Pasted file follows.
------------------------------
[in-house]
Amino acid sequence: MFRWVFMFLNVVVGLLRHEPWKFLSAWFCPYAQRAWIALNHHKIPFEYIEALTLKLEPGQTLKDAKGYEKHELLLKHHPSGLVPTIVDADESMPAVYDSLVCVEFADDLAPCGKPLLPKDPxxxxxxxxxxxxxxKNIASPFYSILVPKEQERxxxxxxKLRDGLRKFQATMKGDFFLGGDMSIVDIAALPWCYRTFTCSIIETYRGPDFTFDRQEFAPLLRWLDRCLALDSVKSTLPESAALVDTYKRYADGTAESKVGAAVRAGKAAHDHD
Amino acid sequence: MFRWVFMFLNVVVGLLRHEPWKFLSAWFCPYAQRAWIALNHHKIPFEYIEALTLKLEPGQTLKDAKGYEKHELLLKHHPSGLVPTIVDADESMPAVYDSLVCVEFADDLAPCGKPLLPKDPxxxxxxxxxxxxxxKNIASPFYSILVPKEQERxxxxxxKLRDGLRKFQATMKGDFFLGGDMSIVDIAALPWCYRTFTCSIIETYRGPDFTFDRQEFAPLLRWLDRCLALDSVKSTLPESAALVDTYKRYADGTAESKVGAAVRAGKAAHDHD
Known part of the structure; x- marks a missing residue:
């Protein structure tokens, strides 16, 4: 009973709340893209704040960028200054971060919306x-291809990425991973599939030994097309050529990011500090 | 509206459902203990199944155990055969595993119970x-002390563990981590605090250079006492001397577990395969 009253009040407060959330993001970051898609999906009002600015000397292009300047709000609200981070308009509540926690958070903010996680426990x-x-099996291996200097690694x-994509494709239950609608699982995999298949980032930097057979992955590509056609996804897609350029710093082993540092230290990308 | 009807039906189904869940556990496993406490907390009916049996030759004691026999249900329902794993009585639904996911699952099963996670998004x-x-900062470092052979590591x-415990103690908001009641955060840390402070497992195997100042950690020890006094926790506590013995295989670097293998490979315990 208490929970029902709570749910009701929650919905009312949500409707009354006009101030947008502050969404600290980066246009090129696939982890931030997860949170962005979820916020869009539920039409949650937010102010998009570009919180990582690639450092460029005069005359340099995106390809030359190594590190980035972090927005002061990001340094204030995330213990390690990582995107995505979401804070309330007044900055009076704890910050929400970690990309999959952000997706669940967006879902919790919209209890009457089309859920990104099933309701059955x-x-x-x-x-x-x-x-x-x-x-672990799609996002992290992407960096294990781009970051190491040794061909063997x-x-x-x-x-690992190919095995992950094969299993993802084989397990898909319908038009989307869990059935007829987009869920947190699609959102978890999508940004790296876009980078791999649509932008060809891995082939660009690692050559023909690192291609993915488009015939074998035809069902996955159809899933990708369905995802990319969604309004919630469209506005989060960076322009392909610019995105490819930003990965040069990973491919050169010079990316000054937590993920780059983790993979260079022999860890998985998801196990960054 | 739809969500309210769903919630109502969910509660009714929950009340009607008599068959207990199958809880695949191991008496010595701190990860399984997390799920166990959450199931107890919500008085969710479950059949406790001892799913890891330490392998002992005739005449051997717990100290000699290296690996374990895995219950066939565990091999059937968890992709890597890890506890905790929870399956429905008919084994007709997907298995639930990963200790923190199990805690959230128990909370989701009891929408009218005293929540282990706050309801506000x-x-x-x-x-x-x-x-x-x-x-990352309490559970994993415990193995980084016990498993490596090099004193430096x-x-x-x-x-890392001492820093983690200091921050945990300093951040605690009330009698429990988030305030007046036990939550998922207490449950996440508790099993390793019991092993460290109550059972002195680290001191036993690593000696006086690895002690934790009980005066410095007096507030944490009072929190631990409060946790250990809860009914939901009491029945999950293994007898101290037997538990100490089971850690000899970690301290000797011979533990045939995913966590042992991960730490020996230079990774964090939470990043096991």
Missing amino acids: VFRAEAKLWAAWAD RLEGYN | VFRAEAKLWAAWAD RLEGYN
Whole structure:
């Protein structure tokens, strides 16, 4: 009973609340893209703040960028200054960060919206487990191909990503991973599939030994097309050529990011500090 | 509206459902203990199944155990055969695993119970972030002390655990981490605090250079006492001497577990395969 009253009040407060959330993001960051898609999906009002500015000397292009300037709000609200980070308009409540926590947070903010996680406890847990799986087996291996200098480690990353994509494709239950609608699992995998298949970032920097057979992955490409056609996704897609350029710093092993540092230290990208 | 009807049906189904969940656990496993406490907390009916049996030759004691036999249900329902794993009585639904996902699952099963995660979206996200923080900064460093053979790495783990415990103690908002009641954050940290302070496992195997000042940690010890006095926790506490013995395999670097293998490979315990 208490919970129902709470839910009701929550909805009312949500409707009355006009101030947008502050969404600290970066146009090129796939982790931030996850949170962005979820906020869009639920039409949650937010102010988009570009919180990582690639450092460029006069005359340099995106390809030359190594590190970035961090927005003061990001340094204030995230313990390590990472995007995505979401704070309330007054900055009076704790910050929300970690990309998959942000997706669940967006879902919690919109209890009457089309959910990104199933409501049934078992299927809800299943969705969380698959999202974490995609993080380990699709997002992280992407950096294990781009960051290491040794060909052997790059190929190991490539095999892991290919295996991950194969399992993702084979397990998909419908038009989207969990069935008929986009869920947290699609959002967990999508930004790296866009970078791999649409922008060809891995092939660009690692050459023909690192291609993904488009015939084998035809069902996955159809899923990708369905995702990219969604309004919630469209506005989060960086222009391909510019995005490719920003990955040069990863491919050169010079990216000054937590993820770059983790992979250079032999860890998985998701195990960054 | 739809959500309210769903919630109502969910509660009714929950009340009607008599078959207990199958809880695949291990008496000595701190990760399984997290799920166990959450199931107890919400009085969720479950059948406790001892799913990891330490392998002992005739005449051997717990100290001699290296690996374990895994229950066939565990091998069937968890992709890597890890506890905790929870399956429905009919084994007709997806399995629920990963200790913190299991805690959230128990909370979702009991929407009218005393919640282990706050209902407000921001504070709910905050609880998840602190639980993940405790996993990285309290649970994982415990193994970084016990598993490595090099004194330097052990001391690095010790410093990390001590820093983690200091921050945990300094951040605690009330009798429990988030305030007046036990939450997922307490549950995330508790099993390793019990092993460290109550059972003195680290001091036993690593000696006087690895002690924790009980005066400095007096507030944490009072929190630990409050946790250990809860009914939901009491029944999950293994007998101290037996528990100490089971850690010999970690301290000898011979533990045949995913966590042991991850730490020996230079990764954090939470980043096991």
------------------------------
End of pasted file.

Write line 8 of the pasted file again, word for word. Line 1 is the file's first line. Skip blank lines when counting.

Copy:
């Protein structure tokens, strides 16, 4: 009973609340893209703040960028200054960060919206487990191909990503991973599939030994097309050529990011500090 | 509206459902203990199944155990055969695993119970972030002390655990981490605090250079006492001497577990395969 009253009040407060959330993001960051898609999906009002500015000397292009300037709000609200980070308009409540926590947070903010996680406890847990799986087996291996200098480690990353994509494709239950609608699992995998298949970032920097057979992955490409056609996704897609350029710093092993540092230290990208 | 009807049906189904969940656990496993406490907390009916049996030759004691036999249900329902794993009585639904996902699952099963995660979206996200923080900064460093053979790495783990415990103690908002009641954050940290302070496992195997000042940690010890006095926790506490013995395999670097293998490979315990 208490919970129902709470839910009701929550909805009312949500409707009355006009101030947008502050969404600290970066146009090129796939982790931030996850949170962005979820906020869009639920039409949650937010102010988009570009919180990582690639450092460029006069005359340099995106390809030359190594590190970035961090927005003061990001340094204030995230313990390590990472995007995505979401704070309330007054900055009076704790910050929300970690990309998959942000997706669940967006879902919690919109209890009457089309959910990104199933409501049934078992299927809800299943969705969380698959999202974490995609993080380990699709997002992280992407950096294990781009960051290491040794060909052997790059190929190991490539095999892991290919295996991950194969399992993702084979397990998909419908038009989207969990069935008929986009869920947290699609959002967990999508930004790296866009970078791999649409922008060809891995092939660009690692050459023909690192291609993904488009015939084998035809069902996955159809899923990708369905995702990219969604309004919630469209506005989060960086222009391909510019995005490719920003990955040069990863491919050169010079990216000054937590993820770059983790992979250079032999860890998985998701195990960054 | 739809959500309210769903919630109502969910509660009714929950009340009607008599078959207990199958809880695949291990008496000595701190990760399984997290799920166990959450199931107890919400009085969720479950059948406790001892799913990891330490392998002992005739005449051997717990100290001699290296690996374990895994229950066939565990091998069937968890992709890597890890506890905790929870399956429905009919084994007709997806399995629920990963200790913190299991805690959230128990909370979702009991929407009218005393919640282990706050209902407000921001504070709910905050609880998840602190639980993940405790996993990285309290649970994982415990193994970084016990598993490595090099004194330097052990001391690095010790410093990390001590820093983690200091921050945990300094951040605690009330009798429990988030305030007046036990939450997922307490549950995330508790099993390793019990092993460290109550059972003195680290001091036993690593000696006087690895002690924790009980005066400095007096507030944490009072929190630990409050946790250990809860009914939901009491029944999950293994007998101290037996528990100490089971850690010999970690301290000898011979533990045949995913966590042991991850730490020996230079990764954090939470980043096991």